Having a good idea for a new business is the first step in your journey as a young entrepreneur. The rest will require some planning. That’s where a business plan comes in. While the term “business plan” may sound like a lot of work, you don’t need to overthink it. Simple business plans are designed especially for people with zero business experience and not a whole lot else to go on.
So, if you’re ready to take your idea to the next level and start your journey to entrepreneurial success, we have some advice to get you started. You don’t need an advanced degree from a business school – just some common sense and the drive to succeed!
START WITH THE BASICS
What are the “basics?” Consider:
- What is your idea?
- Who is your target customer?
- What problem does your idea solve, or how will it make life better for your customers?
- What makes your idea unique among others like it?
- How much will it cost to get started?
- Creating your first products to sell
- Starting a website
- What is your basic timeline?
You don’t need to spend hours answering every question. Instead, try to have at least some idea of what you need. This isn’t a 3,000-word essay, either. Something as simple as “My target customers are college-bound high school juniors and seniors,” will do for now.
DO SOME RESEARCH
Again, this does not have to take up a lot of time and effort. However, you don’t know what you don’t know – but a few quick Google searches can help you fill in those blanks.
- Who are your competitors?
- Has someone out there already done your idea?
- Where do others go wrong with this idea?
The last thing you want to do is spend time, energy, and money creating a product that’s been done to death. Let’s say you’re starting a company that makes bookmarks. There are thousands of bookmarks out there for customers to buy; what makes yours special? What’s a quality that your bookmarks will have that those others don’t?
One of the main points of having a business plan is that it will help you stay focused. Starting – and running – a business from scratch can be overwhelming and confusing. It’s easy to lose focus and skip important steps.
A business plan will help you make sense of all the elements you need to keep track of: marketing, sales, bookkeeping, customer service, etc. Think of your business plan like the index of a textbook. If you forget a detail or lose track of what’s going on, you can always flip to the index at the back and find the pages you need to answer your questions.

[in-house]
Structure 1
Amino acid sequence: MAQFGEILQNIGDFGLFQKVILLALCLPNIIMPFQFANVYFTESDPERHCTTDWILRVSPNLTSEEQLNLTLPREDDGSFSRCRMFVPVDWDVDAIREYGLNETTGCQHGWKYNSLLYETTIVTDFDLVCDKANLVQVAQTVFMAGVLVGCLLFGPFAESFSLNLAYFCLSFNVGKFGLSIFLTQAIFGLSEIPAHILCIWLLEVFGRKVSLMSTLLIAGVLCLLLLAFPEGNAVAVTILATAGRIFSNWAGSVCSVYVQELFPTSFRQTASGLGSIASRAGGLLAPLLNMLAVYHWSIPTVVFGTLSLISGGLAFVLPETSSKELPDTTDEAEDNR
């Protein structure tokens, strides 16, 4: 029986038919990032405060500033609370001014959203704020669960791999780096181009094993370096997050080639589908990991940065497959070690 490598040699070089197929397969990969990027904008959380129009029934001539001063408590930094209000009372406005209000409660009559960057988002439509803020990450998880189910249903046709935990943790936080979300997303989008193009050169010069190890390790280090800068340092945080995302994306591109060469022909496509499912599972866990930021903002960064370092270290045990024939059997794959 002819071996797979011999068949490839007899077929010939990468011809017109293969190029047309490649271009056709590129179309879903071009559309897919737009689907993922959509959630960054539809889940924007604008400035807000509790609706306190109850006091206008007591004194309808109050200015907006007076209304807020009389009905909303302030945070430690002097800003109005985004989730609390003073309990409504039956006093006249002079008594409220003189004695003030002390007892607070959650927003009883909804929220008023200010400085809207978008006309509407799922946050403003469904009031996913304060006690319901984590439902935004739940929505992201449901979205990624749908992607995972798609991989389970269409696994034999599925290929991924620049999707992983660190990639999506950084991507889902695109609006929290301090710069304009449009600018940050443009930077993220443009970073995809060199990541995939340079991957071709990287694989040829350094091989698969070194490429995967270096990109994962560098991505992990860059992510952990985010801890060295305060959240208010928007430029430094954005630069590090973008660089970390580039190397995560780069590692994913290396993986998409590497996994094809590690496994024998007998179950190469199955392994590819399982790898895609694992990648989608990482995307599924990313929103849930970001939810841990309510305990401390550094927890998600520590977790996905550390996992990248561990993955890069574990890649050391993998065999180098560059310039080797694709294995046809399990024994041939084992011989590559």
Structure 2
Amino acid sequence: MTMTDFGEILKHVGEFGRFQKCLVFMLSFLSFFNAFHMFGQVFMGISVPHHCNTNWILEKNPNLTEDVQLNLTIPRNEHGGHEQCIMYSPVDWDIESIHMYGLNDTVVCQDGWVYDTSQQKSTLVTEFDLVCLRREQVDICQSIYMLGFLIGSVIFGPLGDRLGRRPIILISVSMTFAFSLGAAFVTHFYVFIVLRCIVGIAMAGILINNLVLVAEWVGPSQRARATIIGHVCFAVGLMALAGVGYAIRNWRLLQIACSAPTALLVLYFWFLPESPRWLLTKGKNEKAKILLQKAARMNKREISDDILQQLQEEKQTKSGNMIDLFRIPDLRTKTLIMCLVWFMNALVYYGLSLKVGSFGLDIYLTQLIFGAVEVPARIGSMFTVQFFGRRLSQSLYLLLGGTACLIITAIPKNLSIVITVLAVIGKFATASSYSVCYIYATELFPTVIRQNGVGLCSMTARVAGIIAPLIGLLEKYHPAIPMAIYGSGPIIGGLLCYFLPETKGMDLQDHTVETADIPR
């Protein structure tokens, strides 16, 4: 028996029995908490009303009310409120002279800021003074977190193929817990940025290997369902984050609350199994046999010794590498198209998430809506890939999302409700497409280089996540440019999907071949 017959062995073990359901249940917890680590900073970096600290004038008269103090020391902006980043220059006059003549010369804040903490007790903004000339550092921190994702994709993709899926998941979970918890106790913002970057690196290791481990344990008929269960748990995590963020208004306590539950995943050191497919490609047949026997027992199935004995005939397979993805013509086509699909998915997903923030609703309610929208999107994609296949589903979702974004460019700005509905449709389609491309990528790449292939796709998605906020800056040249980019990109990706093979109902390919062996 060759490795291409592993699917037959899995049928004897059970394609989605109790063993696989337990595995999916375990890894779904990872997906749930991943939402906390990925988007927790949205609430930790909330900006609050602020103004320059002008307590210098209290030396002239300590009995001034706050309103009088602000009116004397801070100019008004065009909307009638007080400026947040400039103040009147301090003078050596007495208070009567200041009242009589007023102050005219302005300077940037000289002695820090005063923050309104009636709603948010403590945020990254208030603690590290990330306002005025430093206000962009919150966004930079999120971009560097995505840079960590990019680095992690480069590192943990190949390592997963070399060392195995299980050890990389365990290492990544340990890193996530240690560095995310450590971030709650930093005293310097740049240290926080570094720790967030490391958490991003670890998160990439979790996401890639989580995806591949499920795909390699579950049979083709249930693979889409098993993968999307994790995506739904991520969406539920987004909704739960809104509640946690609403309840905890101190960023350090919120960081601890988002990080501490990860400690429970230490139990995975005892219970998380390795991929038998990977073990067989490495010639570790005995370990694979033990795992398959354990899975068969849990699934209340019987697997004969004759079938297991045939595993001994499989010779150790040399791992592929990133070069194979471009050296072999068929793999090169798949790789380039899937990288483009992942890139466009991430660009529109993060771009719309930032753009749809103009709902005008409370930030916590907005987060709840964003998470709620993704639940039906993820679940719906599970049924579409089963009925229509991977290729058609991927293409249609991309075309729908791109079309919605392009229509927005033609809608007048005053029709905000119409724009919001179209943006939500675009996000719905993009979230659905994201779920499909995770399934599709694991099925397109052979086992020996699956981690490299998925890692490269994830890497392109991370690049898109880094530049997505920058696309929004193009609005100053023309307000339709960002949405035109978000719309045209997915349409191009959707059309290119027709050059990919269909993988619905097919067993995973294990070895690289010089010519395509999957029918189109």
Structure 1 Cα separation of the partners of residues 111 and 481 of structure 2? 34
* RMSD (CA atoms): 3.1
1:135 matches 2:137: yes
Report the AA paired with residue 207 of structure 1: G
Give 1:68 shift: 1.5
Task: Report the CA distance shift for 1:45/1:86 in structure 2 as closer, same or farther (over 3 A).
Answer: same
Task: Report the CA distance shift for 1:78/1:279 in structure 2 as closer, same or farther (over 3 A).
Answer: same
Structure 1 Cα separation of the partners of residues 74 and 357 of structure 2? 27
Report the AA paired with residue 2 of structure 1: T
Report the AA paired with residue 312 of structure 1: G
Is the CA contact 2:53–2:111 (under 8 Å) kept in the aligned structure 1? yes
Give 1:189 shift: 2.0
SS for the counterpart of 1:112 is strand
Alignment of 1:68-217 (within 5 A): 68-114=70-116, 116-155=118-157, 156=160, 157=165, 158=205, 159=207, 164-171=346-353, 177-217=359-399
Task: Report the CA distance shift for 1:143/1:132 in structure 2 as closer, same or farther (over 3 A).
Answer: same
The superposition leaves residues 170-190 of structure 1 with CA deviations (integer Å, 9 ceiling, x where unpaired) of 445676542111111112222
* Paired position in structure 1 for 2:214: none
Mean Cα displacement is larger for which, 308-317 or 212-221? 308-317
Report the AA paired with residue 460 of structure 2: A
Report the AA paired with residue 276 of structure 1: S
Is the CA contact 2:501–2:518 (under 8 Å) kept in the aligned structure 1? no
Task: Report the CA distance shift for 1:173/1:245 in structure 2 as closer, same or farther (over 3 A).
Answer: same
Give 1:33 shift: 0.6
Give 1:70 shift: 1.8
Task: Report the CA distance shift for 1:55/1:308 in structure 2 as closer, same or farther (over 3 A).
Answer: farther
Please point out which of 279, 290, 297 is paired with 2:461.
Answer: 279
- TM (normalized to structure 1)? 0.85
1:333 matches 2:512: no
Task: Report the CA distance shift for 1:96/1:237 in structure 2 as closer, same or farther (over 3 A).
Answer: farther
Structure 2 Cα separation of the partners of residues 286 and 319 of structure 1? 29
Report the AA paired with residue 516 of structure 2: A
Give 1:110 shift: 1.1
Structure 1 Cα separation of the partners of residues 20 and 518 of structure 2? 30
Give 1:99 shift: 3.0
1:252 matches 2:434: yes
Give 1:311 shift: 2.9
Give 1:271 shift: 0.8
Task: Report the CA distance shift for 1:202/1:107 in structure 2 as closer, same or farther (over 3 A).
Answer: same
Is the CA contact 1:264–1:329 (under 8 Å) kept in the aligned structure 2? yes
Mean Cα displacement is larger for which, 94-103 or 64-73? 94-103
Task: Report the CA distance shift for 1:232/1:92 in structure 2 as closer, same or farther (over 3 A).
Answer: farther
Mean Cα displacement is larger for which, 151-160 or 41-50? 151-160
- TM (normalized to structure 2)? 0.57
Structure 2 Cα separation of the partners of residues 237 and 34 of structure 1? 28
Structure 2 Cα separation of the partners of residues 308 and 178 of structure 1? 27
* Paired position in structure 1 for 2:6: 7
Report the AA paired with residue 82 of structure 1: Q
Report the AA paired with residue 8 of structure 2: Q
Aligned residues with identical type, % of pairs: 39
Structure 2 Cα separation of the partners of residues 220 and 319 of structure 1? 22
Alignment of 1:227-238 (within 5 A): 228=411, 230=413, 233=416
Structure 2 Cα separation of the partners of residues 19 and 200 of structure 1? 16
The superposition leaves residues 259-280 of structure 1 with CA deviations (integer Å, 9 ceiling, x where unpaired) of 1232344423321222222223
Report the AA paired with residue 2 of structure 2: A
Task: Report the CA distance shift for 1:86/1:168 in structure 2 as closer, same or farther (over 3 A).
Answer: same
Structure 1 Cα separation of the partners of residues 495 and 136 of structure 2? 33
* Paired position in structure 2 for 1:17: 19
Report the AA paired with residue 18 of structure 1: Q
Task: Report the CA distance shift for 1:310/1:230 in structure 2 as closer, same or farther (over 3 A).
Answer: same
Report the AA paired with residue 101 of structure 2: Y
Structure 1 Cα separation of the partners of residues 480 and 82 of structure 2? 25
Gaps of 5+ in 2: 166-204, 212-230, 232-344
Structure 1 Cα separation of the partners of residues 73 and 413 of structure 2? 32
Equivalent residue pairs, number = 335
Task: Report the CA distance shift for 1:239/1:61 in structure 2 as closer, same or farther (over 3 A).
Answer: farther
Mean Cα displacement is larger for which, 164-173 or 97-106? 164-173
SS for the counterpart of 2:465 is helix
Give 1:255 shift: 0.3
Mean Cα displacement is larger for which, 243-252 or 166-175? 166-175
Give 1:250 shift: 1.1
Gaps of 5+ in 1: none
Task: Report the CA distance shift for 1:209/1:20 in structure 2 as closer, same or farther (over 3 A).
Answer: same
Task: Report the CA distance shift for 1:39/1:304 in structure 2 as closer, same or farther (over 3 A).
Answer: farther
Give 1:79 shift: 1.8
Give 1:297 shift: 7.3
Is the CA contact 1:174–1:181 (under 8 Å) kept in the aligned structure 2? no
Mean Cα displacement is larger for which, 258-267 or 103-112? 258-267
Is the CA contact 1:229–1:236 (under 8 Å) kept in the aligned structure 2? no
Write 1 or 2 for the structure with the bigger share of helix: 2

Consider the goals of your business. Think both big and small. Your big goal might be something like, “I want to help students with ADHD with their executive functioning.” And your smaller goal, the one you hit before you achieve your big goal, might be along the lines of, “I want to create a protoype of a device that helps students with ADHD focus on one homework assignment at a time.”
THINK ABOUT YOUR INVESTORS
Another major reason to create a business plan is so you have something to show potential investors. When you approach someone for money, you’ll need to go beyond simply telling them your idea. (Though that is part of it.) This part might take a little bit longer than the other parts of your business plan. It’s worth doing this correctly, though. If you do need investors, they want to be certain that they are working with a serious young entrepreneur.
Once you have the basics in mind, you’ve thought about your goals, and you think you need investors, it’s time to get to work.
There are many, many templates out there you can download to help you write your business plan. When searching for one yourself, the keywords you’ll need are “simple business plan,” or “lean business plan.”
You can also download this very simple, 1-page business plan template. It covers the basics you’ll need to get started, without a lot of bells and whistles. Young entrepreneurs like you don’t necessarily need to worry about things like executive summaries or operational plans.
Fill out as much information as you can. Don’t use too much slang, but make sure your answers are easy to understand. When using your business plan to ask for money from investors, assume your audience is intelligent but busy.
Sometimes, young entrepreneurs need a team before they launch their startup. You may need help with content, design, or product assembly. When that’s the case, a solid business plan shows potential employees and partners exactly what you hope to accomplish and how you’ll get there.
It can be easy to lose yourself in the details of writing a business plan. Try to remember:
- A business plan isn’t written in stone
- It should allow for a certain amount of flexibility
- It should be professional and to-the-point
- Let it guide you when you feel overwhelmed or confused
You may not have an answer for every part of your business plan. That’s fine! The goal here is not to create a 50-page document with professional photos and cool fonts that you’ll hand out to bank CEOs. Your goal is to give yourself an idea of what needs to be done and to let potential investors know you are someone who can be trusted.
At the end of the day, writing out a business plan shouldn’t take more than a few minutes of your time; an hour at most. The questions are there to help you see where your strengths and weaknesses are before you spend a lot of time and money getting started. Where do you need help? Where are you unsure of what to do? By thinking about these things ahead of time, you’re showing everyone else – and yourself – that you are a serious young entrepreneur who is ready to run a business.
Are you a Florida-based young entrepreneur looking for a college scholarship? Click here to learn more about how the Kantner Foundation can help you!